Think of this cabaret act as Forbidden Broadway-Before They Get to Broadway. Interspersing songs with vignettes that depict every stage of the audition process, Would You Consider Ensemble? shows theatregoers what performers have to go through to get a job, and it gives performers in the audience the chance to laugh at circumstances that normally might reduce them to tears.
The show was written, produced, and performed by Elizabeth Figols, Beverly Hall, and Paul Story-three likable actor/singers with everything from Sesame Street to Steppenwolf on their resumes. They have turned their experiences pounding the pavement in hopes of treading the boards into a variety show of sorts, complete with vaudeville-like placards on an easel that announce the title of each skit and musical number. The scenes proceeded in rapid-fire succession-more than 15 of them in less than an hour! Their satiric humor and use of show tunes (some performed intact, others "modified") remind one of Forbidden Broadway ; like that more famous revue, Would You Consider Ensemble? is most likely to be appreciated by theatrical insiders.
There is a strand of a plot in Would You Consider Ensemble? It follows three characters, bearing the same names as the actors, in their quest for employment. First, there's the sizing-up and attempted psyching-out of their rivals for the part. Then there's the scramble to find the room where their audition's being held ...then an uncooperative accompanist to deal with ...and a casting director who's so "short on time" he cuts the customary 16 bars to eight, then four - then just four notes. Later scenes parody typecasting and pretentious Eurotrash choreographers. And when one of our troupers finally lands a role-in a 312-cities-in-62-weeks tour of Hello, Dolly!-she's forced to accept such contract terms as a shared bed in Motel 6 for accommodations and playing tuba in the orchestra, driving the school, er, tour bus, and building the set as additional responsibilities.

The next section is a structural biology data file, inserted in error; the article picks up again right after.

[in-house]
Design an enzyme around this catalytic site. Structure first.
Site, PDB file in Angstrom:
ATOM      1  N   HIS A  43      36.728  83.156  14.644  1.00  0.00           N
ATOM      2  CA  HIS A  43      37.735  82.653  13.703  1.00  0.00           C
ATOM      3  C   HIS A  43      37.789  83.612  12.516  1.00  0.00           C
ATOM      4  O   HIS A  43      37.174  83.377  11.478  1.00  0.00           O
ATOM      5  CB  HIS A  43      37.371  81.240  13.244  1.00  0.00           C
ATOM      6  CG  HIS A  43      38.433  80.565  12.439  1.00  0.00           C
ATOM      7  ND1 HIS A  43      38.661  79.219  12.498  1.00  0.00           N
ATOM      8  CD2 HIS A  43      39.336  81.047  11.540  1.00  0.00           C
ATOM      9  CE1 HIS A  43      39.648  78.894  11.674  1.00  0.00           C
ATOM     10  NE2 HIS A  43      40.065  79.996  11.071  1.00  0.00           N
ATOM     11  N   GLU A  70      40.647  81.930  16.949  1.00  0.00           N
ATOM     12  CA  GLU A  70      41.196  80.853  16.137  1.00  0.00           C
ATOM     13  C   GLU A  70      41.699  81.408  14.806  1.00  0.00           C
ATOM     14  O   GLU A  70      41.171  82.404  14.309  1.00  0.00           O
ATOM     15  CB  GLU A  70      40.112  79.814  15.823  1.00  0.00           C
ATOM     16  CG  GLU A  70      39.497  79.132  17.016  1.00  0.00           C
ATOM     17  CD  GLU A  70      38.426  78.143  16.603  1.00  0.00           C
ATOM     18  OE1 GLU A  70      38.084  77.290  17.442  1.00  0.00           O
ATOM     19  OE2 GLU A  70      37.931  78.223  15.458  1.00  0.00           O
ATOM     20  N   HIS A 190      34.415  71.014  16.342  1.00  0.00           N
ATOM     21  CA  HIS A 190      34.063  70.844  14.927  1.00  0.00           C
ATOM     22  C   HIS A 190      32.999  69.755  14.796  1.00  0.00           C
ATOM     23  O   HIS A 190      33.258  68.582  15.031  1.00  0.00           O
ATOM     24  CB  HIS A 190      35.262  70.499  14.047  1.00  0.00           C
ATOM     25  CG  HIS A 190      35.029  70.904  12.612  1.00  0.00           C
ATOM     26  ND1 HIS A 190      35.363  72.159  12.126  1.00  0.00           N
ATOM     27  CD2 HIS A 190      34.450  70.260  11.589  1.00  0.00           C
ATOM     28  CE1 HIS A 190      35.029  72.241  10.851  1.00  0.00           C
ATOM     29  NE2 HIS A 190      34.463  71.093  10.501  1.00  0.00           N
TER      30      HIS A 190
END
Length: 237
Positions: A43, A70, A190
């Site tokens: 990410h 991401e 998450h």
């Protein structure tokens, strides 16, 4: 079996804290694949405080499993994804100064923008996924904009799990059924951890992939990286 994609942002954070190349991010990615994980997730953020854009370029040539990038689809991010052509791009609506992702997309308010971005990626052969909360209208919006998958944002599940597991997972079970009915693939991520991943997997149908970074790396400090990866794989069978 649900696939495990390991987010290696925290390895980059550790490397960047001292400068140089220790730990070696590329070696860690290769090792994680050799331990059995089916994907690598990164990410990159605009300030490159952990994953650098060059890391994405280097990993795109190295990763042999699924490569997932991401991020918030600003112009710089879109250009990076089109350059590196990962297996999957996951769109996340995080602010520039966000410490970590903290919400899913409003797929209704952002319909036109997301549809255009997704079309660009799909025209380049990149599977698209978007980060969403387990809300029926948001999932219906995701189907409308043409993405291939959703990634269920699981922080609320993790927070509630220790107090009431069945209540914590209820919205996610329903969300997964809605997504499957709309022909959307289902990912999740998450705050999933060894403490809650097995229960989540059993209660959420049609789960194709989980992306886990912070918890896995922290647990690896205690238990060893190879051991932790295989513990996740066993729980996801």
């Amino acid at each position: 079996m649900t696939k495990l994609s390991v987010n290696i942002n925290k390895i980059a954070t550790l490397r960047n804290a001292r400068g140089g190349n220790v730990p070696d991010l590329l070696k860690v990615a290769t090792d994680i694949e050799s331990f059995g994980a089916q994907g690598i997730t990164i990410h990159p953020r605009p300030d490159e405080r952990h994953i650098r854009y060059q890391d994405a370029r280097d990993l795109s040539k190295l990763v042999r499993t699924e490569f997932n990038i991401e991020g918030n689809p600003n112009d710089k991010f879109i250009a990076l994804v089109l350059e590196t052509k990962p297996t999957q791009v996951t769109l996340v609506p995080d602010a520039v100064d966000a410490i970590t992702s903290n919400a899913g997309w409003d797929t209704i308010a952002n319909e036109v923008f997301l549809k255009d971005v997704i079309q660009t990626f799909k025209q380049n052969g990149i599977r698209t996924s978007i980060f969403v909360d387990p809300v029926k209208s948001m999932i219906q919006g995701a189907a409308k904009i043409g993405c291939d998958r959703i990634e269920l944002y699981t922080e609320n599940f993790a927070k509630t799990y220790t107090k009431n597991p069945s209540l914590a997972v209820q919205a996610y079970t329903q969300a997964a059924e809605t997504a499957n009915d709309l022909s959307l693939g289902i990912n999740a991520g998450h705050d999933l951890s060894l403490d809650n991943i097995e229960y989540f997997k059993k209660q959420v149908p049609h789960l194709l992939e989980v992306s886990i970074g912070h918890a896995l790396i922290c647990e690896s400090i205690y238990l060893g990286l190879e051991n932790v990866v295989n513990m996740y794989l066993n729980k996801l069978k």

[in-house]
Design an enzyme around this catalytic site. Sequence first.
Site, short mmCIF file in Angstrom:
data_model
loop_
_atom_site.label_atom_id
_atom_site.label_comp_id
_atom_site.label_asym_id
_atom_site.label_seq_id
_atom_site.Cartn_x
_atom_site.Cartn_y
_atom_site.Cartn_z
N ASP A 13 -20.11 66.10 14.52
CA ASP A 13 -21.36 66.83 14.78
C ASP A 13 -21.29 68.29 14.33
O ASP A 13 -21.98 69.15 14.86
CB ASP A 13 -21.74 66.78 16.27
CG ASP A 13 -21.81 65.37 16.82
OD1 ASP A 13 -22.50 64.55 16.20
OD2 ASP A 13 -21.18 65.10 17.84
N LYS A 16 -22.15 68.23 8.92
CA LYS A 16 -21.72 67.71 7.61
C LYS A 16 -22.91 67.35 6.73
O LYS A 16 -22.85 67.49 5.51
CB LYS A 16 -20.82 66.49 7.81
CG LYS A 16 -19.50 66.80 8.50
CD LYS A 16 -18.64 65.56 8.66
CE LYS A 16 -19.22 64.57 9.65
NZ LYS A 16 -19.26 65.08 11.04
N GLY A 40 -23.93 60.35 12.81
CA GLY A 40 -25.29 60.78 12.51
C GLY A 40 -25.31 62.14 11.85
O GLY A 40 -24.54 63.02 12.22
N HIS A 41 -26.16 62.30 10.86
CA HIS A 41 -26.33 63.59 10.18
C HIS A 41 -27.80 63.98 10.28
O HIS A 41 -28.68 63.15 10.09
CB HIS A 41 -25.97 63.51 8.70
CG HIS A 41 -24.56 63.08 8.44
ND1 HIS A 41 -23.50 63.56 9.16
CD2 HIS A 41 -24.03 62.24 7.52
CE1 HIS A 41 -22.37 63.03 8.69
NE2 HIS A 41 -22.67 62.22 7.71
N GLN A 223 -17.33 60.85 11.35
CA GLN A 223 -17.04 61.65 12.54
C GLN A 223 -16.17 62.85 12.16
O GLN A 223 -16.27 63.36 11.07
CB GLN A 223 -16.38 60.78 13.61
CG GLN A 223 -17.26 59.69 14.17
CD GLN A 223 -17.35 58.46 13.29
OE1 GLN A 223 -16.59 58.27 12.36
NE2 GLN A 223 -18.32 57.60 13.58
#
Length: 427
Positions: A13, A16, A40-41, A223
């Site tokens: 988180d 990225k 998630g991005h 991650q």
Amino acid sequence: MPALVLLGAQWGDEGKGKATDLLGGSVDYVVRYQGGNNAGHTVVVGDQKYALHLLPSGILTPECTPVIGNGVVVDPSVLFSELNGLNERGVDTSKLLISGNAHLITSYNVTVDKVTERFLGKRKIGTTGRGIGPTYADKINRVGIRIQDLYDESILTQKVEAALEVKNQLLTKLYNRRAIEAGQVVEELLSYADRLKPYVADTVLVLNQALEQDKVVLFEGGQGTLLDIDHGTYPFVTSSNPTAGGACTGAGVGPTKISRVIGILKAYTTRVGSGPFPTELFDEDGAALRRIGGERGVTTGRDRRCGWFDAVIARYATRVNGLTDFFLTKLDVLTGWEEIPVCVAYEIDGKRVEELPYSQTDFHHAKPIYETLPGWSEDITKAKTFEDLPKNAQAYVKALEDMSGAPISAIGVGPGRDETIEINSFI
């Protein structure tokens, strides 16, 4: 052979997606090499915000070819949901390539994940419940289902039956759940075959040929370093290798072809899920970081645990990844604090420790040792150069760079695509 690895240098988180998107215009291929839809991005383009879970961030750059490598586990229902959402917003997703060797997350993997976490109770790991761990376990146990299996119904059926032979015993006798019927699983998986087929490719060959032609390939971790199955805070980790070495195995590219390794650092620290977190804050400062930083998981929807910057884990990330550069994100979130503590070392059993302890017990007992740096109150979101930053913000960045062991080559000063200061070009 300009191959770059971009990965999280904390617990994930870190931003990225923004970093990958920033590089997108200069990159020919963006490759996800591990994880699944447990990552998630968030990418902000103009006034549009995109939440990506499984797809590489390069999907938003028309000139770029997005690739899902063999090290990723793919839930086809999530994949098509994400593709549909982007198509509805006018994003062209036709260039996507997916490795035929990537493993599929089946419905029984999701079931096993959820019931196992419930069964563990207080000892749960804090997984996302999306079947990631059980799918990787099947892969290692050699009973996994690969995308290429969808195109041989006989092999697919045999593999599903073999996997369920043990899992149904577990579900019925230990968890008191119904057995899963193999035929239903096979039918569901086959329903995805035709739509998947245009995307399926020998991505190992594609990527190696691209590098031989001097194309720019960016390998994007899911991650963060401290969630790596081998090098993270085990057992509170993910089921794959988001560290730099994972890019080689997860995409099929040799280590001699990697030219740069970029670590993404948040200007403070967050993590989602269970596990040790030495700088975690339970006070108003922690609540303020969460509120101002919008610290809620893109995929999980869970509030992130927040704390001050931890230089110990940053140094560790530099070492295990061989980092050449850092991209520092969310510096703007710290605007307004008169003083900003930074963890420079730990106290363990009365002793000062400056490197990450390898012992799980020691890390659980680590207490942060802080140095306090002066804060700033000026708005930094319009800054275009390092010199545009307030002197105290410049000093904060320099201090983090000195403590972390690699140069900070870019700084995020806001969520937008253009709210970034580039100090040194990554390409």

Meanwhile, the audience also gets to watch various auditions, such as The Leading Man Audition (Story sings "With So Little to Be Sure Of"), The International Audition (Figols does "Besame Mucho") and The Character Boy Audition (Story with a Tom Lehrer ditty). The highlights of these musical interludes-and of the entire show-were Hall's rendition of Maltby/Shire's "Miss Byrd" (The Character Girl Audition) and Figols and Hall's duet of "I Will Never Leave You" (The I-Was-Too-Scared-to-Do-This-by-Myself-So-I-Got-My-Best-Friend-to-Do-It-With-Me Audition). Hall revealed precisely the offbeat charisma that could win her a character role, and she and Figols brought as much tenderness and sorrow to their song as did the women who originated it in Side Show.
The three performers were ably supported by musical director/pianist Paul Chamlin. Their material isn't profound and it may have limited appeal to non-actors, but it does accomplish just what an audition piece should: showcasing the performers' most endearing talents and qualities.
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Copyright 1999 Adrienne Onofri